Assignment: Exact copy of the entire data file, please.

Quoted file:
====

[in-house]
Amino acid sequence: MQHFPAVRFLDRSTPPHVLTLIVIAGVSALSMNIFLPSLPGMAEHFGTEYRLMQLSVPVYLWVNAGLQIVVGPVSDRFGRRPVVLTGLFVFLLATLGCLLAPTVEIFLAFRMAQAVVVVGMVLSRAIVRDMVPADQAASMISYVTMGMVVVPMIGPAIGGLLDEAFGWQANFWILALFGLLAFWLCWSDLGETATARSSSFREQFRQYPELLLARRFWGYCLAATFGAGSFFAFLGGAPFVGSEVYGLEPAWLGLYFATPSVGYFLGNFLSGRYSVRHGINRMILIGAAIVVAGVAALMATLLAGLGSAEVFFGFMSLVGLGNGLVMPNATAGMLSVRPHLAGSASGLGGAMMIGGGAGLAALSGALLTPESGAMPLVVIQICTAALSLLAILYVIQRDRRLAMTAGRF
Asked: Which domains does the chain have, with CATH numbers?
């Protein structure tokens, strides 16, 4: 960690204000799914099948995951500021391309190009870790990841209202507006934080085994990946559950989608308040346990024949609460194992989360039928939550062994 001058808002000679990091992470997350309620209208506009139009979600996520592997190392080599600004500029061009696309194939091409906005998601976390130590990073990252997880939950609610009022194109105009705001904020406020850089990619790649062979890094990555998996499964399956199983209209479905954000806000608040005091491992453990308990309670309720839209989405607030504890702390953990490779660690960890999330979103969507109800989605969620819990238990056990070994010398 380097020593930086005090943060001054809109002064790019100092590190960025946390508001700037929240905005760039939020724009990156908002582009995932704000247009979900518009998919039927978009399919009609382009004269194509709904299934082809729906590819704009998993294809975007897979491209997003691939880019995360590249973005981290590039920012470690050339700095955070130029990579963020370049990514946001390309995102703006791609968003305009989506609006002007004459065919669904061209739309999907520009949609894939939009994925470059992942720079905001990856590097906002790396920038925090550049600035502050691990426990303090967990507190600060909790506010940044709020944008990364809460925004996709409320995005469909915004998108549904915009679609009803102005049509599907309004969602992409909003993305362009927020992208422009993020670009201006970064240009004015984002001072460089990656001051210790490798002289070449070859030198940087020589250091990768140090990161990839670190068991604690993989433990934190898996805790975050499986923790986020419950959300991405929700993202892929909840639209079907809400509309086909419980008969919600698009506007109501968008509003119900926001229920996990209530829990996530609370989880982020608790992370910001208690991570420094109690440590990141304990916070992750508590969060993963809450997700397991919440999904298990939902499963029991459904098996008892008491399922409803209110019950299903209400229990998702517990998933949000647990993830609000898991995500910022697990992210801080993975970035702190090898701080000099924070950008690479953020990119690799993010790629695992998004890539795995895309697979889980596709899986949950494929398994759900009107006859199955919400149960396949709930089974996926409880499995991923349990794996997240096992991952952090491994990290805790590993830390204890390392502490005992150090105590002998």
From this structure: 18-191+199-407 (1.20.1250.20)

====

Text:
[in-house]
Amino acid sequence: MQHFPAVRFLDRSTPPHVLTLIVIAGVSALSMNIFLPSLPGMAEHFGTEYRLMQLSVPVYLWVNAGLQIVVGPVSDRFGRRPVVLTGLFVFLLATLGCLLAPTVEIFLAFRMAQAVVVVGMVLSRAIVRDMVPADQAASMISYVTMGMVVVPMIGPAIGGLLDEAFGWQANFWILALFGLLAFWLCWSDLGETATARSSSFREQFRQYPELLLARRFWGYCLAATFGAGSFFAFLGGAPFVGSEVYGLEPAWLGLYFATPSVGYFLGNFLSGRYSVRHGINRMILIGAAIVVAGVAALMATLLAGLGSAEVFFGFMSLVGLGNGLVMPNATAGMLSVRPHLAGSASGLGGAMMIGGGAGLAALSGALLTPESGAMPLVVIQICTAALSLLAILYVIQRDRRLAMTAGRF
Asked: Which domains does the chain have, with CATH numbers?
């Protein structure tokens, strides 16, 4: 960690204000799914099948995951500021391309190009870790990841209202507006934080085994990946559950989608308040346990024949609460194992989360039928939550062994 001058808002000679990091992470997350309620209208506009139009979600996520592997190392080599600004500029061009696309194939091409906005998601976390130590990073990252997880939950609610009022194109105009705001904020406020850089990619790649062979890094990555998996499964399956199983209209479905954000806000608040005091491992453990308990309670309720839209989405607030504890702390953990490779660690960890999330979103969507109800989605969620819990238990056990070994010398 380097020593930086005090943060001054809109002064790019100092590190960025946390508001700037929240905005760039939020724009990156908002582009995932704000247009979900518009998919039927978009399919009609382009004269194509709904299934082809729906590819704009998993294809975007897979491209997003691939880019995360590249973005981290590039920012470690050339700095955070130029990579963020370049990514946001390309995102703006791609968003305009989506609006002007004459065919669904061209739309999907520009949609894939939009994925470059992942720079905001990856590097906002790396920038925090550049600035502050691990426990303090967990507190600060909790506010940044709020944008990364809460925004996709409320995005469909915004998108549904915009679609009803102005049509599907309004969602992409909003993305362009927020992208422009993020670009201006970064240009004015984002001072460089990656001051210790490798002289070449070859030198940087020589250091990768140090990161990839670190068991604690993989433990934190898996805790975050499986923790986020419950959300991405929700993202892929909840639209079907809400509309086909419980008969919600698009506007109501968008509003119900926001229920996990209530829990996530609370989880982020608790992370910001208690991570420094109690440590990141304990916070992750508590969060993963809450997700397991919440999904298990939902499963029991459904098996008892008491399922409803209110019950299903209400229990998702517990998933949000647990993830609000898991995500910022697990992210801080993975970035702190090898701080000099924070950008690479953020990119690799993010790629695992998004890539795995895309697979889980596709899986949950494929398994759900009107006859199955919400149960396949709930089974996926409880499995991923349990794996997240096992991952952090491994990290805790590993830390204890390392502490005992150090105590002998």
From this structure: 18-191+199-407 (1.20.1250.20)